Carter Remarks at FY24 Budget Hearing for the Department of Veterans Affairs (As Prepared)
Today is National Vietnam War Veterans Day. Fifty years ago today, the U.S. Military Assistance Command, Vietnam, disbanded, and combat troops departed. The last of the acknowledged prisoners of war in Hanoi also were released.
It is fitting that we are holding a hearing on the Department of Veterans Affairs budget request for fiscal year 2024. More than any other federal department, the VA recognizes, supports, cares for, and lays to rest our nation’s veterans. We appreciate our Vietnam Veterans and VA’s efforts to honor their service.
Mr. Secretary, welcome and thank you for joining us today. We appreciate your leadership and the Department’s efforts to support veterans.
I have three comments about the budget request.
First, Congress has always prioritized veterans and will continue to do so. I anticipate we will fully fund veterans’ healthcare and other programs in FY24.
Second, VA’s $20.3 billion request for the Toxic Exposure Fund (TEF) is not credible. It is contrary to VA’s promises during consideration of the PACT Act. It shifts more than $14 billion from discretionary to mandatory spending. This is not okay. The administration is using veterans to increase spending not related to defense or veterans’ programs despite our serious problems with spending, inflation, and the national debt. We all want to care for veterans exposed to environmental toxins, but let’s be honest about the cost and transparent in the approach.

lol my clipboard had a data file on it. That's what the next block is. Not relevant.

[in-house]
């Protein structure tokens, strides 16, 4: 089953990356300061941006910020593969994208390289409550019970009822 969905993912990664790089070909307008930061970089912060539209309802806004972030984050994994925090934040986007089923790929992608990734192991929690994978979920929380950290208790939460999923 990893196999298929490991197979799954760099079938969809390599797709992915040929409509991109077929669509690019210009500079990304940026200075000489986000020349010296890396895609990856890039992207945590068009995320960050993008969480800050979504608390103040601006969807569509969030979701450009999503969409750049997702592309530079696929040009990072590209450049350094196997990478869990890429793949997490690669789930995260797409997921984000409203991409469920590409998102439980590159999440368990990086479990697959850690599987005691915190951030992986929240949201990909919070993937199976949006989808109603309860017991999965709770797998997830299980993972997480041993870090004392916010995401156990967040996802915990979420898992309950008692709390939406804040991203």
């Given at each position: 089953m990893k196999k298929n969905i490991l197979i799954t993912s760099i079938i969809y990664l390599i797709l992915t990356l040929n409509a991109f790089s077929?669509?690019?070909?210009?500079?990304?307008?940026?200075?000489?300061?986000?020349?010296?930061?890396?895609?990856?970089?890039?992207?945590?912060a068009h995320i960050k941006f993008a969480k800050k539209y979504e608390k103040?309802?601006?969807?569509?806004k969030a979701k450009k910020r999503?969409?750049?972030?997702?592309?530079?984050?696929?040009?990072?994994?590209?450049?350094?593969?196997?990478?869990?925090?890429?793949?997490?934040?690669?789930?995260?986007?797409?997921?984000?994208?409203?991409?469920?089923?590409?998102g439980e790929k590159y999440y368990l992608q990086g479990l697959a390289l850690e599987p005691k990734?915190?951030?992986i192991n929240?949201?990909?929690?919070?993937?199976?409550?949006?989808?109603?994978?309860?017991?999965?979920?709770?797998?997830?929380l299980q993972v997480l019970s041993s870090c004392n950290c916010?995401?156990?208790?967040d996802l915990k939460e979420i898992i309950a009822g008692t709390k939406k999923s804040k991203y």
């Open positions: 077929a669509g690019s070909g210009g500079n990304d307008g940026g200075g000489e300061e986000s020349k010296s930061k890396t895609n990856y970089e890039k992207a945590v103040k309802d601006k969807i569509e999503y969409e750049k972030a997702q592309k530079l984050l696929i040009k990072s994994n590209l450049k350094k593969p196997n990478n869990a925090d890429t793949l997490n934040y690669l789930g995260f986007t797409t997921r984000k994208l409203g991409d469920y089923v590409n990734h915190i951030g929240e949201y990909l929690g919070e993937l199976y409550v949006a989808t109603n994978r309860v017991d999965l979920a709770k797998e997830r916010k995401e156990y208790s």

Third, this subcommittee continues to support an interoperable VA-DOD electronic health record system. To achieve this, VA must make the new system work for providers and veterans. This includes holding Oracle Cerner to its commitments.
Before I close, I want to commend VA’s Congressional Fellowship program. I’m honored to host fellows from the VA and want to highlight the great work of Jasmine Negron, this year’s fellow.
Like all the fellows who preceded her, she has a tremendous work ethic, a “can do” spirit, and provides valuable insights into the unique needs of veterans. In the few months she’s been here, she’s become a critical member of my team.
Mr. Secretary, thank you again for being here. I recognize Ranking Member Wasserman Schultz for her opening comments.